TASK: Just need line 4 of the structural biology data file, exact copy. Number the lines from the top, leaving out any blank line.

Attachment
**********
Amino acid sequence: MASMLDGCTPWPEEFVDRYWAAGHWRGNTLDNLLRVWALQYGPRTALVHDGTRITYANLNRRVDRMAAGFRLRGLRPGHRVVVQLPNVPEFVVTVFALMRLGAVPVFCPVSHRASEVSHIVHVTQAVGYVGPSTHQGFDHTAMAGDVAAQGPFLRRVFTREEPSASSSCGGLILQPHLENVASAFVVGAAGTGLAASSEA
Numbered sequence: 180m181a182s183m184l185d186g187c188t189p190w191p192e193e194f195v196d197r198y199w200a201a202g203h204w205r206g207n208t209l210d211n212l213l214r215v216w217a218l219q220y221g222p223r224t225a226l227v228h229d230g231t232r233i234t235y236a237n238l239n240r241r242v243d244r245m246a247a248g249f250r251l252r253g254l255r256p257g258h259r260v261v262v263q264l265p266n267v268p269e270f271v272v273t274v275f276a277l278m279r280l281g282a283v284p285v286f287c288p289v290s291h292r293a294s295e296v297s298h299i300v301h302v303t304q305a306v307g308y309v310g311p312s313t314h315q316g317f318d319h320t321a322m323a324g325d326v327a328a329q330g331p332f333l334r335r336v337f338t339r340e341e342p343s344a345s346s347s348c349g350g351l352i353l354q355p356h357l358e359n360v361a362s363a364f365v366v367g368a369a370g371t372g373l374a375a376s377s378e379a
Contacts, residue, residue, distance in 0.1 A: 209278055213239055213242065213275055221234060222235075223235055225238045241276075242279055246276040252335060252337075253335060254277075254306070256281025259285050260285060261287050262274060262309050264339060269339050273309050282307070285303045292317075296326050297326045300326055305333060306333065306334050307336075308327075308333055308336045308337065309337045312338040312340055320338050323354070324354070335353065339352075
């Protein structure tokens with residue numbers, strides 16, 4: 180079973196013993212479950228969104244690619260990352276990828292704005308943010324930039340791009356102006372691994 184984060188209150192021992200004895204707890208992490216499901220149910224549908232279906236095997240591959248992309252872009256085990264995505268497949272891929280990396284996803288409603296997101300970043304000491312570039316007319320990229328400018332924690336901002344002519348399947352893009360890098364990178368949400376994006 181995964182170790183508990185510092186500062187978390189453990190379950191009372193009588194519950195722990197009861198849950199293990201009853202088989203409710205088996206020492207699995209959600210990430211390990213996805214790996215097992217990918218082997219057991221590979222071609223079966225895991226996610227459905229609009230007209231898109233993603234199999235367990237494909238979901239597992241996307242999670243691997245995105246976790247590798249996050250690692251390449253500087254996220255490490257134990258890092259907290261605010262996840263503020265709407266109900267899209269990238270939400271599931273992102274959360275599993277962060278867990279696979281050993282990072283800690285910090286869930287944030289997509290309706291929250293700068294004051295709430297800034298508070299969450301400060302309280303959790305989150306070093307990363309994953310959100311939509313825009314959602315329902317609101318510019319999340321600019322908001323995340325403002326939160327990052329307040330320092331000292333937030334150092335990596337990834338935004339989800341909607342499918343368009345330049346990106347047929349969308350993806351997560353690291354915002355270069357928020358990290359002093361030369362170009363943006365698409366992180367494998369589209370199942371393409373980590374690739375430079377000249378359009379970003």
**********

């Protein structure tokens with residue numbers, strides 16, 4: 180079973196013993212479950228969104244690619260990352276990828292704005308943010324930039340791009356102006372691994 184984060188209150192021992200004895204707890208992490216499901220149910224549908232279906236095997240591959248992309252872009256085990264995505268497949272891929280990396284996803288409603296997101300970043304000491312570039316007319320990229328400018332924690336901002344002519348399947352893009360890098364990178368949400376994006 181995964182170790183508990185510092186500062187978390189453990190379950191009372193009588194519950195722990197009861198849950199293990201009853202088989203409710205088996206020492207699995209959600210990430211390990213996805214790996215097992217990918218082997219057991221590979222071609223079966225895991226996610227459905229609009230007209231898109233993603234199999235367990237494909238979901239597992241996307242999670243691997245995105246976790247590798249996050250690692251390449253500087254996220255490490257134990258890092259907290261605010262996840263503020265709407266109900267899209269990238270939400271599931273992102274959360275599993277962060278867990279696979281050993282990072283800690285910090286869930287944030289997509290309706291929250293700068294004051295709430297800034298508070299969450301400060302309280303959790305989150306070093307990363309994953310959100311939509313825009314959602315329902317609101318510019319999340321600019322908001323995340325403002326939160327990052329307040330320092331000292333937030334150092335990596337990834338935004339989800341909607342499918343368009345330049346990106347047929349969308350993806351997560353690291354915002355270069357928020358990290359002093361030369362170009363943006365698409366992180367494998369589209370199942371393409373980590374690739375430079377000249378359009379970003």